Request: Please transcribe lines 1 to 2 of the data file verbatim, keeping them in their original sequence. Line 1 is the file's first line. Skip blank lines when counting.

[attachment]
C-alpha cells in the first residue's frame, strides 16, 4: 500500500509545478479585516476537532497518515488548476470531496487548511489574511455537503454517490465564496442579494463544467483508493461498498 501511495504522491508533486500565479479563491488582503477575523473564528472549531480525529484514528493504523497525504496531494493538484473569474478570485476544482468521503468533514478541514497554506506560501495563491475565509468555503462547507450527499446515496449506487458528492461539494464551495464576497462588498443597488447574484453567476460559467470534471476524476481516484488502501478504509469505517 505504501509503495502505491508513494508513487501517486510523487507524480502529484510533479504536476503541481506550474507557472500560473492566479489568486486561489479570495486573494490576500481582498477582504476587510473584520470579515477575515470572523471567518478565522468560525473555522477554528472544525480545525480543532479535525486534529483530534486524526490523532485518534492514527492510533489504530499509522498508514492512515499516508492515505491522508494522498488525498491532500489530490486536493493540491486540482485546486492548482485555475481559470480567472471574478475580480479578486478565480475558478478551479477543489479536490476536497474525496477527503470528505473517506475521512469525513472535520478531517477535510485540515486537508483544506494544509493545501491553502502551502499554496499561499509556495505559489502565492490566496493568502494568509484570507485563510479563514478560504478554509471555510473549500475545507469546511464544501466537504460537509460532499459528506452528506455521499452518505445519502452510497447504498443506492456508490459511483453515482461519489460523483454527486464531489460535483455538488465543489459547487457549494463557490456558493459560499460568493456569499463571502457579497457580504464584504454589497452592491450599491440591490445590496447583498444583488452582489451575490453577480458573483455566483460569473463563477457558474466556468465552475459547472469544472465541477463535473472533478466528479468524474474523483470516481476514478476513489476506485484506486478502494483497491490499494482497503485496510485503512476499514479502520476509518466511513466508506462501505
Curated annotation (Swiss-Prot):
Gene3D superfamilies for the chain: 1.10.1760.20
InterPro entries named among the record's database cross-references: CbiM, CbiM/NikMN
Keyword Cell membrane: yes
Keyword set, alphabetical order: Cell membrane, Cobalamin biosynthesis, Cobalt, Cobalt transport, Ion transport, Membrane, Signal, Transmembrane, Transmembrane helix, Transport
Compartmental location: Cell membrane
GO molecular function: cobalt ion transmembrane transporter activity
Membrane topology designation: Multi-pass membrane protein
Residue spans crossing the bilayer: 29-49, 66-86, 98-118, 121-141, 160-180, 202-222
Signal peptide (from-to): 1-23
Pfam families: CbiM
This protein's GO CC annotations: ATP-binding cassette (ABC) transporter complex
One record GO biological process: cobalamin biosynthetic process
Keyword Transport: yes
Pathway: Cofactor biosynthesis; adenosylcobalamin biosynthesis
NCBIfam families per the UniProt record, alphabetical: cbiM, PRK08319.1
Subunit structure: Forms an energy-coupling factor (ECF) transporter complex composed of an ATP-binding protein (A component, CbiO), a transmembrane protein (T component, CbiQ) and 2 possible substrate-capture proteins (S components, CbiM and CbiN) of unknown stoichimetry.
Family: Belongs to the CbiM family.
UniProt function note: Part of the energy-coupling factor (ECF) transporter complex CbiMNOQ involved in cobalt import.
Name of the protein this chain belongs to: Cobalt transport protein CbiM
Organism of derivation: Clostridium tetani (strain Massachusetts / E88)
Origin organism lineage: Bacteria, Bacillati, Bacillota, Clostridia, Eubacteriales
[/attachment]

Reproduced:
C-alpha cells in the first residue's frame, strides 16, 4: 500500500509545478479585516476537532497518515488548476470531496487548511489574511455537503454517490465564496442579494463544467483508493461498498 501511495504522491508533486500565479479563491488582503477575523473564528472549531480525529484514528493504523497525504496531494493538484473569474478570485476544482468521503468533514478541514497554506506560501495563491475565509468555503462547507450527499446515496449506487458528492461539494464551495464576497462588498443597488447574484453567476460559467470534471476524476481516484488502501478504509469505517 505504501509503495502505491508513494508513487501517486510523487507524480502529484510533479504536476503541481506550474507557472500560473492566479489568486486561489479570495486573494490576500481582498477582504476587510473584520470579515477575515470572523471567518478565522468560525473555522477554528472544525480545525480543532479535525486534529483530534486524526490523532485518534492514527492510533489504530499509522498508514492512515499516508492515505491522508494522498488525498491532500489530490486536493493540491486540482485546486492548482485555475481559470480567472471574478475580480479578486478565480475558478478551479477543489479536490476536497474525496477527503470528505473517506475521512469525513472535520478531517477535510485540515486537508483544506494544509493545501491553502502551502499554496499561499509556495505559489502565492490566496493568502494568509484570507485563510479563514478560504478554509471555510473549500475545507469546511464544501466537504460537509460532499459528506452528506455521499452518505445519502452510497447504498443506492456508490459511483453515482461519489460523483454527486464531489460535483455538488465543489459547487457549494463557490456558493459560499460568493456569499463571502457579497457580504464584504454589497452592491450599491440591490445590496447583498444583488452582489451575490453577480458573483455566483460569473463563477457558474466556468465552475459547472469544472465541477463535473472533478466528479468524474474523483470516481476514478476513489476506485484506486478502494483497491490499494482497503485496510485503512476499514479502520476509518466511513466508506462501505
Curated annotation (Swiss-Prot):